The Way I Saw It
For the last few years I have been creating art centered on the notion of the viewer versus the work of art, and the relationship that is formed when they meet. I like to believe that every piece of art embodies the fingerprint of its creator, a shadow of their emotion, their perspective of it during the time of its creation. As every fingerprint is different, the viewer is allowed his or her own unique interpretation. Formal qualities can be analyzed, color, tone, shade, composition, subject matter, but it becomes difficult to explain a feeling towards a work when its roots are from something other than its formal qualities. I believe this void is filled with what the viewer brings to the piece.
My work in The Way I Saw It series introduces myself in figurative representation. The mirror then becomes a window, a transparent wall between the outside world and myself. By showing the viewer what it is I see, I bring the fingerprint to the forefront, allowing it to boldly reach out and speak for itself.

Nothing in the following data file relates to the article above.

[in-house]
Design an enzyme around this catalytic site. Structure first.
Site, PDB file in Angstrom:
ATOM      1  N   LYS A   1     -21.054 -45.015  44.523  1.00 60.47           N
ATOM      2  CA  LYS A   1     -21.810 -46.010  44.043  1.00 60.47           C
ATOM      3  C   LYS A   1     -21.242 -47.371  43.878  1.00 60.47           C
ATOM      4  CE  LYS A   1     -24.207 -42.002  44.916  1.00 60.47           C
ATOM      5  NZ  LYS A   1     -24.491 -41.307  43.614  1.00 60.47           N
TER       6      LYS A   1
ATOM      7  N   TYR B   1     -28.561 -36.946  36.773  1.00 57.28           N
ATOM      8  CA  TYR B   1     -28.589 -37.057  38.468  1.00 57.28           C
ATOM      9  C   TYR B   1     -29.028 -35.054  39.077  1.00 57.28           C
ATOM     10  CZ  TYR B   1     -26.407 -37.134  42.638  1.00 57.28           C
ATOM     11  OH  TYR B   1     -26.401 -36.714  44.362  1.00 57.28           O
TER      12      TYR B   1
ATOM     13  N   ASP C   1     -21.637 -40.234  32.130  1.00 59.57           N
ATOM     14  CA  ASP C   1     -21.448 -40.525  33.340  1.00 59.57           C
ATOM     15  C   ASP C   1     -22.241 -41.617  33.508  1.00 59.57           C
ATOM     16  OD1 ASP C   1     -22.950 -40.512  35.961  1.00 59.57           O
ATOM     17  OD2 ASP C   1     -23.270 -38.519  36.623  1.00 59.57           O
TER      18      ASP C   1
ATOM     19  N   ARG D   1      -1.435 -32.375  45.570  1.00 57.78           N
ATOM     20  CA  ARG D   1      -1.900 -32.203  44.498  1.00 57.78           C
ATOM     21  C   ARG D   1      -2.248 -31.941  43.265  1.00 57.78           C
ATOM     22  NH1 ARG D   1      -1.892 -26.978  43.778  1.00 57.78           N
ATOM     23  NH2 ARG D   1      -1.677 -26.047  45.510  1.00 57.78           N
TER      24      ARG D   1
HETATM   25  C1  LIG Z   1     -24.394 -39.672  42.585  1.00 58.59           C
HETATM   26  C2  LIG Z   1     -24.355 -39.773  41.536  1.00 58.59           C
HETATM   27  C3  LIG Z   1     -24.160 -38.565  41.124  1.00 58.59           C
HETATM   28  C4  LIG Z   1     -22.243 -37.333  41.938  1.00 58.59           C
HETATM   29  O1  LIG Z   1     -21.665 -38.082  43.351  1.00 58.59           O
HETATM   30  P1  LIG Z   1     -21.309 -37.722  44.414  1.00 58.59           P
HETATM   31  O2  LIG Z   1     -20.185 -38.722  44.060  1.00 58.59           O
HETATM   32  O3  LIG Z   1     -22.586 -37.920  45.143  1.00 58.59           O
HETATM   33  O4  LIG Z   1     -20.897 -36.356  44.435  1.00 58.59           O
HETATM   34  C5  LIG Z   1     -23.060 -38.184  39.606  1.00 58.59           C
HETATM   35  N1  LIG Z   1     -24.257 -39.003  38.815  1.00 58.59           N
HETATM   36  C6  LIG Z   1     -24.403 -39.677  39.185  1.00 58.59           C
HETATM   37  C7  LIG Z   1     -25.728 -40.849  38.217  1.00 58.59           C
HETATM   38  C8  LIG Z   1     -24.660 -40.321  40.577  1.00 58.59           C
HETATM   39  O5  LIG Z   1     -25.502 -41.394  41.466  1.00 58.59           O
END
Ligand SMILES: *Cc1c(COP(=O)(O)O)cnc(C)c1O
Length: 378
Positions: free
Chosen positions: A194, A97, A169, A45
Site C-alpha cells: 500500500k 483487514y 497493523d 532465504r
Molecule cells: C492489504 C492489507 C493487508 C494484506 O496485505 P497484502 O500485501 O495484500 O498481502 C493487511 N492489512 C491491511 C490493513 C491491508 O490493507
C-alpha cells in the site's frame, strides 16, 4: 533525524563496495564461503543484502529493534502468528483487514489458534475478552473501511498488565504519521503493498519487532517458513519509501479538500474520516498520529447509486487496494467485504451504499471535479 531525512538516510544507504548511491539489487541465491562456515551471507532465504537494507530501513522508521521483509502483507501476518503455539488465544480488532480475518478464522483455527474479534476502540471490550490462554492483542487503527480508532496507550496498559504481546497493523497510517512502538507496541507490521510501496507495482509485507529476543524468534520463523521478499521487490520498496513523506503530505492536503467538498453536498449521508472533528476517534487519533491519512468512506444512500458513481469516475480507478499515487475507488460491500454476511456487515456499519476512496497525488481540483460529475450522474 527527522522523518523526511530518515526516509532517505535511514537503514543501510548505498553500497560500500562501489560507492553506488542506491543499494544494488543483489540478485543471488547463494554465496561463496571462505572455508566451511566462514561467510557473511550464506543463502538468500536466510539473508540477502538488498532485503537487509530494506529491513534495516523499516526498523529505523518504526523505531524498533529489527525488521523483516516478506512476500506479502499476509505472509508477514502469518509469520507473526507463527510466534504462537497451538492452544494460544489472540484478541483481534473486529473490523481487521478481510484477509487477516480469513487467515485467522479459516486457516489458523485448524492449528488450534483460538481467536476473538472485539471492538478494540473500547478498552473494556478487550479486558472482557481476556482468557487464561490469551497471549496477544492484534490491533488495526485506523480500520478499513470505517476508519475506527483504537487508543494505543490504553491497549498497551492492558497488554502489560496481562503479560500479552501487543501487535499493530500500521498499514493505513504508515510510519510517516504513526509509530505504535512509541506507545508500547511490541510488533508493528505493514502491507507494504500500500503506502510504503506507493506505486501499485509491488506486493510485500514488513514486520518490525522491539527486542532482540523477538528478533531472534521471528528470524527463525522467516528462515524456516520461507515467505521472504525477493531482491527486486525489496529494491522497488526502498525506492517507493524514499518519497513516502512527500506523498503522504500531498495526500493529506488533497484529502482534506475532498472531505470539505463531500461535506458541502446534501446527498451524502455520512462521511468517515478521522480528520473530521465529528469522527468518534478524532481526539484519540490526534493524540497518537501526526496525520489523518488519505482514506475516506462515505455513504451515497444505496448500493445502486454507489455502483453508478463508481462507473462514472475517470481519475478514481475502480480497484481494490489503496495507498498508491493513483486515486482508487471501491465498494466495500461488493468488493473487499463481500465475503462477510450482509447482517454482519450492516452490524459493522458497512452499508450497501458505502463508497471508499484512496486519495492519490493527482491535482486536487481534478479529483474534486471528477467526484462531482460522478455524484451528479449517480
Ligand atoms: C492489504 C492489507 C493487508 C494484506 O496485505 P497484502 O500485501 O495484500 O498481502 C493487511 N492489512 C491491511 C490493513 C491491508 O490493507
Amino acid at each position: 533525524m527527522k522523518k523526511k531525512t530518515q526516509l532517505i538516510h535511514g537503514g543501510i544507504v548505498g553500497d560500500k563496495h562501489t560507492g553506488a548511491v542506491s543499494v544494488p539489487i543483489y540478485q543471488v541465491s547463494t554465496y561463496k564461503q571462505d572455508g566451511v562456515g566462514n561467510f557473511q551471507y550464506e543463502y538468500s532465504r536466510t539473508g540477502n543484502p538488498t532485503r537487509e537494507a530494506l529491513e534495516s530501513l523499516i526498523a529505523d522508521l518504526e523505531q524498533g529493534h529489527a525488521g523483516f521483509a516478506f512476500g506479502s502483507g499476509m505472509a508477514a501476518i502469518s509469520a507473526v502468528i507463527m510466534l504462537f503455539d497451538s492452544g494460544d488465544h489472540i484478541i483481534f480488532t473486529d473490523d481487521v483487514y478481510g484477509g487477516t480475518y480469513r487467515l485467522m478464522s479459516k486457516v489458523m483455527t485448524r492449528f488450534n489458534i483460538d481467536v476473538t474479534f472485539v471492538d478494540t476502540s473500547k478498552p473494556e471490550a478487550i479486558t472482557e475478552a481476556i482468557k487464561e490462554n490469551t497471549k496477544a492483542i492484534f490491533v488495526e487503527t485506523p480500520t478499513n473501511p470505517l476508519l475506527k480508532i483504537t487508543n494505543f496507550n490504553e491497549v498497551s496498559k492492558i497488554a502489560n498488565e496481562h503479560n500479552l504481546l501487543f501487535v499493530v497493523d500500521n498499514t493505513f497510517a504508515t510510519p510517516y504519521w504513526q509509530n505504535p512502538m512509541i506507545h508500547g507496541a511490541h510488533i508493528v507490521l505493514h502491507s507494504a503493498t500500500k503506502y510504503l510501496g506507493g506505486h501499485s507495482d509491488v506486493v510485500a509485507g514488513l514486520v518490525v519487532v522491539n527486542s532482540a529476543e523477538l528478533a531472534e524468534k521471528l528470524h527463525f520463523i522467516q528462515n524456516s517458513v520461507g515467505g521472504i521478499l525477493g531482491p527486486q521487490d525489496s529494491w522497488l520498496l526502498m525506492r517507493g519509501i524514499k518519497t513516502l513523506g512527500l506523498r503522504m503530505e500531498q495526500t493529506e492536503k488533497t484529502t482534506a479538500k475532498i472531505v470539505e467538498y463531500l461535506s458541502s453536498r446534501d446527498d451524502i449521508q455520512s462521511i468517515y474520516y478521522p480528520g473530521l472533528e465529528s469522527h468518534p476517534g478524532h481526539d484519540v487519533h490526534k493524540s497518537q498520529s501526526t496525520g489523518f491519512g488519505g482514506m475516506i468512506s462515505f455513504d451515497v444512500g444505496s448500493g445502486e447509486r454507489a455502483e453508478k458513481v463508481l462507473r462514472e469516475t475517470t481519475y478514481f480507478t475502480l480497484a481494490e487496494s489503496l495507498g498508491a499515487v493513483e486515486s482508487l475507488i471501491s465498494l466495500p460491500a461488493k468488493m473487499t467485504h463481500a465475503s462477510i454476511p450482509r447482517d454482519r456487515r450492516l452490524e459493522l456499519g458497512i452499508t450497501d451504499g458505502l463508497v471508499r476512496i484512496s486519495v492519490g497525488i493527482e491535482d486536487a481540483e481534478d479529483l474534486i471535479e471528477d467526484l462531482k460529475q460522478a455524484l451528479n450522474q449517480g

This series in particular draws attention to the idea of memory, the ability to hold in mind. Moving from left to right, the series of prints tell a story of reflection, hinting at the idea that as humans, we are defined by our memory and our ability to reflect. By collectively organizing and analyzing our experiences, we utilize our cognition to recognize our individual make up and story. Yet, when we attempt to recall a particular memory, we find it to have slowly frayed and transformed from its original content. Furthermore, the works in this series attempt to explore where this blurred piece would fit back into the puzzle, and its affect on the makeup of our individuality.